Please use this identifier to cite or link to this item: https://doi.org/10.1016/S0890-5401(03)00059-2
Title: On the intrinsic complexity of learning recursive functions
Authors: Jain, S. 
Kinber, E.
Papazian, C.
Smith, C.
Wiehagen, R.
Issue Date: 2003
Source: Jain, S.,Kinber, E.,Papazian, C.,Smith, C.,Wiehagen, R. (2003). On the intrinsic complexity of learning recursive functions. Information and Computation 184 (1) : 45-70. ScholarBank@NUS Repository. https://doi.org/10.1016/S0890-5401(03)00059-2
Abstract: The intrinsic complexity of learning compares the difficulty of learning classes of objects by using some reducibility notion. For several types of learning recursive functions, both natural complete classes are exhibited and necessary and sufficient conditions for completeness are derived. Informally, a class is complete if both its topological structure is highly complex while its algorithmic structure is easy. Some self-describing classes turn out to be complete. Furthermore, the structure of the intrinsic complexity is shown to be much richer than the structure of the mind change complexity, though in general, intrinsic complexity and mind change complexity can behave "orthogonally".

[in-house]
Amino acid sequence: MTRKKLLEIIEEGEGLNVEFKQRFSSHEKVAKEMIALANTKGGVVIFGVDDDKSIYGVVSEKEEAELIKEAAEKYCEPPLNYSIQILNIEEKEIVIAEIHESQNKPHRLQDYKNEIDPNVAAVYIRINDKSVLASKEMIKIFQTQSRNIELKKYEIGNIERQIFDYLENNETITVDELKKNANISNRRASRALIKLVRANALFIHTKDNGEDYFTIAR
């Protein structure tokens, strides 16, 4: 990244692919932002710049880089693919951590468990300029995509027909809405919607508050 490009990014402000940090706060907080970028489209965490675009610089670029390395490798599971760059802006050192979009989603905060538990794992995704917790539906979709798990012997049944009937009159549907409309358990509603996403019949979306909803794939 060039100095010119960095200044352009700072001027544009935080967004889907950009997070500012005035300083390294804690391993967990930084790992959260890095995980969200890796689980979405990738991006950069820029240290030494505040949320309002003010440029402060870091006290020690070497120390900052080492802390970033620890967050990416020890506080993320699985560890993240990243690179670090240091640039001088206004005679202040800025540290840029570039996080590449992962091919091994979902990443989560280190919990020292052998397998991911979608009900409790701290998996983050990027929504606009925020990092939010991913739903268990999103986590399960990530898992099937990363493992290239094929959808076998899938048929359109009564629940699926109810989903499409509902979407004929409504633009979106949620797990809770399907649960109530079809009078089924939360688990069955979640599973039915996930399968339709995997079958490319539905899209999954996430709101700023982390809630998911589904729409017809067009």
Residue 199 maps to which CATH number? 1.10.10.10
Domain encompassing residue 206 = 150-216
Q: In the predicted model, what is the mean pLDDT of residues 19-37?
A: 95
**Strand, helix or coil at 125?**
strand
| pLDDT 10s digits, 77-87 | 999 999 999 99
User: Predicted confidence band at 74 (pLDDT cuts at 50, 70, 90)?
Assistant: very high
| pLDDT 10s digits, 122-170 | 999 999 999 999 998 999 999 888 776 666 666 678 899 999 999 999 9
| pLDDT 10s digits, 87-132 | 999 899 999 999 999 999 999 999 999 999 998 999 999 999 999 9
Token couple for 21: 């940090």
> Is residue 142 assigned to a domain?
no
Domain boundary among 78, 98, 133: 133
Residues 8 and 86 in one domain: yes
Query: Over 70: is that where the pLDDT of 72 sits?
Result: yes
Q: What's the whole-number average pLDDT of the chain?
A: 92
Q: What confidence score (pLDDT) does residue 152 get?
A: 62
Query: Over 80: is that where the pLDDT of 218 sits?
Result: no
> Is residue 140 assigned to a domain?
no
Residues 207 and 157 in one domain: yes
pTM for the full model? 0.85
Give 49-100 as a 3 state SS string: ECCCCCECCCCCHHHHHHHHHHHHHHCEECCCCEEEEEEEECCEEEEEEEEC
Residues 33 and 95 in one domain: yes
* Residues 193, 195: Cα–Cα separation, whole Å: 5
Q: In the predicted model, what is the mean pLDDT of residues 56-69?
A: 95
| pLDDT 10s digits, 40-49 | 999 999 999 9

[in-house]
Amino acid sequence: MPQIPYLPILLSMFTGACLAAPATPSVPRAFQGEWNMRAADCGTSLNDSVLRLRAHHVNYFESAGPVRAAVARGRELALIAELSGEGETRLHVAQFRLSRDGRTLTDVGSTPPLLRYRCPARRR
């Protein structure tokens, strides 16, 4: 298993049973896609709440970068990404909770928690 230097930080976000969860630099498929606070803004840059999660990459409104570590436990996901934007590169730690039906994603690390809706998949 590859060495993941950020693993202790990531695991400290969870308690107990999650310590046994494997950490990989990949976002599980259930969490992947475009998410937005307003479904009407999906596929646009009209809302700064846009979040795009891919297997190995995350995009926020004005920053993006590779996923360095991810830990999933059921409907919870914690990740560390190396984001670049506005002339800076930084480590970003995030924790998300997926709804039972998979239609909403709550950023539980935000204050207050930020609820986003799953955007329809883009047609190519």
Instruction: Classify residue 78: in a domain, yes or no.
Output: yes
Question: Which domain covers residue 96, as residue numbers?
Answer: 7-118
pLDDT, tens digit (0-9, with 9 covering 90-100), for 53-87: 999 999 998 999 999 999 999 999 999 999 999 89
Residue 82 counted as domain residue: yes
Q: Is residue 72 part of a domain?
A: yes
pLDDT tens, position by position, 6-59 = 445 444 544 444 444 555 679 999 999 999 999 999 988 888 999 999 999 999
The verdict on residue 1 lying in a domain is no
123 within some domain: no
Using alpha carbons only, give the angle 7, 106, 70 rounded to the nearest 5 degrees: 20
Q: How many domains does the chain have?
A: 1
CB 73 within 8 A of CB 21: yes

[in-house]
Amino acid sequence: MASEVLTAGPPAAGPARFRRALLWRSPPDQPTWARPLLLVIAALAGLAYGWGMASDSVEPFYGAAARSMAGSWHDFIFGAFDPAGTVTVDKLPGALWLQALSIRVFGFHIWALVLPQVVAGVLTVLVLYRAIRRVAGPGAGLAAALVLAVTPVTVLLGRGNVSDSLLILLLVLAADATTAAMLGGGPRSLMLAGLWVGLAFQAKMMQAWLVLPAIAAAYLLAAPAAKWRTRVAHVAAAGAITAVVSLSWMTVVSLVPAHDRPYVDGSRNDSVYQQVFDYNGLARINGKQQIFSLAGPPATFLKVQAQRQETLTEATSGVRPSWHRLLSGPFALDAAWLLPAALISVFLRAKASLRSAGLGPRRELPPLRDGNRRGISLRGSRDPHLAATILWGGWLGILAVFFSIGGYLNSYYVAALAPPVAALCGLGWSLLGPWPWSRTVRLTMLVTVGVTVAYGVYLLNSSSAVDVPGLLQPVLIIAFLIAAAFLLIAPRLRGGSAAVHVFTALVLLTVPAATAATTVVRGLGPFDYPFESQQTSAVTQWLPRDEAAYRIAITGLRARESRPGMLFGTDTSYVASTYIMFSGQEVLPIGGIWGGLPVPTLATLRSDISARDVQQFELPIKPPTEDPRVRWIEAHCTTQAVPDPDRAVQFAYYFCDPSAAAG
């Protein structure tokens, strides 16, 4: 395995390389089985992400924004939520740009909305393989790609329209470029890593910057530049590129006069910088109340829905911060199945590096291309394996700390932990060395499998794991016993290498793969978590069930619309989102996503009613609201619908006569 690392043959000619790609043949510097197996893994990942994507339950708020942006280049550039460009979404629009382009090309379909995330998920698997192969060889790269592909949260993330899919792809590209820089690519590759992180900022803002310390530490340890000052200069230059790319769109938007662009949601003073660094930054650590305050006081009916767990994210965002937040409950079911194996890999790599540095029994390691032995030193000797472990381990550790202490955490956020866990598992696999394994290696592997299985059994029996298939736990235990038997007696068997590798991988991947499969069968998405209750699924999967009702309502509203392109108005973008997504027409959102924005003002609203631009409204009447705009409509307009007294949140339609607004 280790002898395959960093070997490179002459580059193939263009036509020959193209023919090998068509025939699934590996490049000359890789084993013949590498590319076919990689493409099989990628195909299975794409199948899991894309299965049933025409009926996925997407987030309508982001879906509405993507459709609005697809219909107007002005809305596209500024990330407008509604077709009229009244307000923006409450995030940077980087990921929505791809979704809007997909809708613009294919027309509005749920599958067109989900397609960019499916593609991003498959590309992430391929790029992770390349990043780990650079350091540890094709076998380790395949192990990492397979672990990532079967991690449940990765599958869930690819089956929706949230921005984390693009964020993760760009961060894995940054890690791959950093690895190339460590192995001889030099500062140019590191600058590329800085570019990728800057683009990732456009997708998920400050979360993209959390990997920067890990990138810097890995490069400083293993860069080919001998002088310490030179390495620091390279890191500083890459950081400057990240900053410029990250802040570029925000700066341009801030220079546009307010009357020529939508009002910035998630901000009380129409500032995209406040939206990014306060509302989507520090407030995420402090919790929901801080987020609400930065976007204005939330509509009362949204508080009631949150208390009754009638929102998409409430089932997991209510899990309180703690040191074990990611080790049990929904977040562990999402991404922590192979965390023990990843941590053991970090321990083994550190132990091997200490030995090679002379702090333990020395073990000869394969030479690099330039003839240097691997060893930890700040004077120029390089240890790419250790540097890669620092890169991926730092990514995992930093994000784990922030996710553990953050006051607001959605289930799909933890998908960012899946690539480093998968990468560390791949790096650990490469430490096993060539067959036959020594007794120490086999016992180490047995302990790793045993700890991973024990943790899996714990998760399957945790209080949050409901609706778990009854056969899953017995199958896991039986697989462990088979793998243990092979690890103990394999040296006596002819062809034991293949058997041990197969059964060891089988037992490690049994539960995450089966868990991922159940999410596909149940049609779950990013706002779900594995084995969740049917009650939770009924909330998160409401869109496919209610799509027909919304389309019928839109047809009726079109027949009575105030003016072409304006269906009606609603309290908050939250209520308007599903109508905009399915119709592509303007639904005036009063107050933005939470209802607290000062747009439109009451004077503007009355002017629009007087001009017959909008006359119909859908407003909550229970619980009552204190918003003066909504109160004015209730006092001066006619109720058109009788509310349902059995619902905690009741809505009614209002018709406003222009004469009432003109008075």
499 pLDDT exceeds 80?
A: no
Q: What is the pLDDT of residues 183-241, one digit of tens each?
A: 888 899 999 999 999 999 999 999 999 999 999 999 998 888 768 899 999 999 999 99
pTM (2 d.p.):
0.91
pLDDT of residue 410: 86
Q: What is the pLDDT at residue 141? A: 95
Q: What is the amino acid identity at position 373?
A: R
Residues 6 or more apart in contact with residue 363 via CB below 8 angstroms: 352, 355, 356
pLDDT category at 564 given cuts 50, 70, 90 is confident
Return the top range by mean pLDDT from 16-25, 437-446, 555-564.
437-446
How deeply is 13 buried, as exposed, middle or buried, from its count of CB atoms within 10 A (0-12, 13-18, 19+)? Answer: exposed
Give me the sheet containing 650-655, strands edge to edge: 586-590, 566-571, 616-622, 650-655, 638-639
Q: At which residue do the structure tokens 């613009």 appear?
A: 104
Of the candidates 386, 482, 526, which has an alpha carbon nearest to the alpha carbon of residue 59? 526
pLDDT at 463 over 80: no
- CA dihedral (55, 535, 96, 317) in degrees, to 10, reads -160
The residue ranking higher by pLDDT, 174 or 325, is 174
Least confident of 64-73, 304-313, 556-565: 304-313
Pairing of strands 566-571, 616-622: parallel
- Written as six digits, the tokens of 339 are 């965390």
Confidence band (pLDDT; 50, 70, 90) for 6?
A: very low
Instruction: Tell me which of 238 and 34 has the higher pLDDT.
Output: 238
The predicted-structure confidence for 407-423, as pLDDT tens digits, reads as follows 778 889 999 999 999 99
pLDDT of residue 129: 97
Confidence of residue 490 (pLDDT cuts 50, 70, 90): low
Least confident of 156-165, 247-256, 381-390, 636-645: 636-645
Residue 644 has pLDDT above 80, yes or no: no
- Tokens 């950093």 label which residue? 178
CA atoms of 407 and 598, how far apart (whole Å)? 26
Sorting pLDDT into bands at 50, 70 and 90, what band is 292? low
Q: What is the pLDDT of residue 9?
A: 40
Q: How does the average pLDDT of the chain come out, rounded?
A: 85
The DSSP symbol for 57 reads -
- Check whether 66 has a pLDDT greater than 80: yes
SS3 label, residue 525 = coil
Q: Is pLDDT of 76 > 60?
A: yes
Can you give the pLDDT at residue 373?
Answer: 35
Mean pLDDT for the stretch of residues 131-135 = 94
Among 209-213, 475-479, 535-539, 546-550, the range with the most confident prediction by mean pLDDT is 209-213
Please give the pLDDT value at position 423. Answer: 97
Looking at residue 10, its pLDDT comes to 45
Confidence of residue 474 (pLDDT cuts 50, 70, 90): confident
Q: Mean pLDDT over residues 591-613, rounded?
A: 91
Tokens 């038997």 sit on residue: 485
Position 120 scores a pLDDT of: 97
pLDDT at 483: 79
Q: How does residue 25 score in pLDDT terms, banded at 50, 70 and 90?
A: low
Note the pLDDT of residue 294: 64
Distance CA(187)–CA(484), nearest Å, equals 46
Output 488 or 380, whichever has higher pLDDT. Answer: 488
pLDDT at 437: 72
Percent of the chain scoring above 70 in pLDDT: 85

Source Title: Information and Computation
URI: http://scholarbank.nus.edu.sg/handle/10635/39188
ISSN: 08905401
DOI: 10.1016/S0890-5401(03)00059-2
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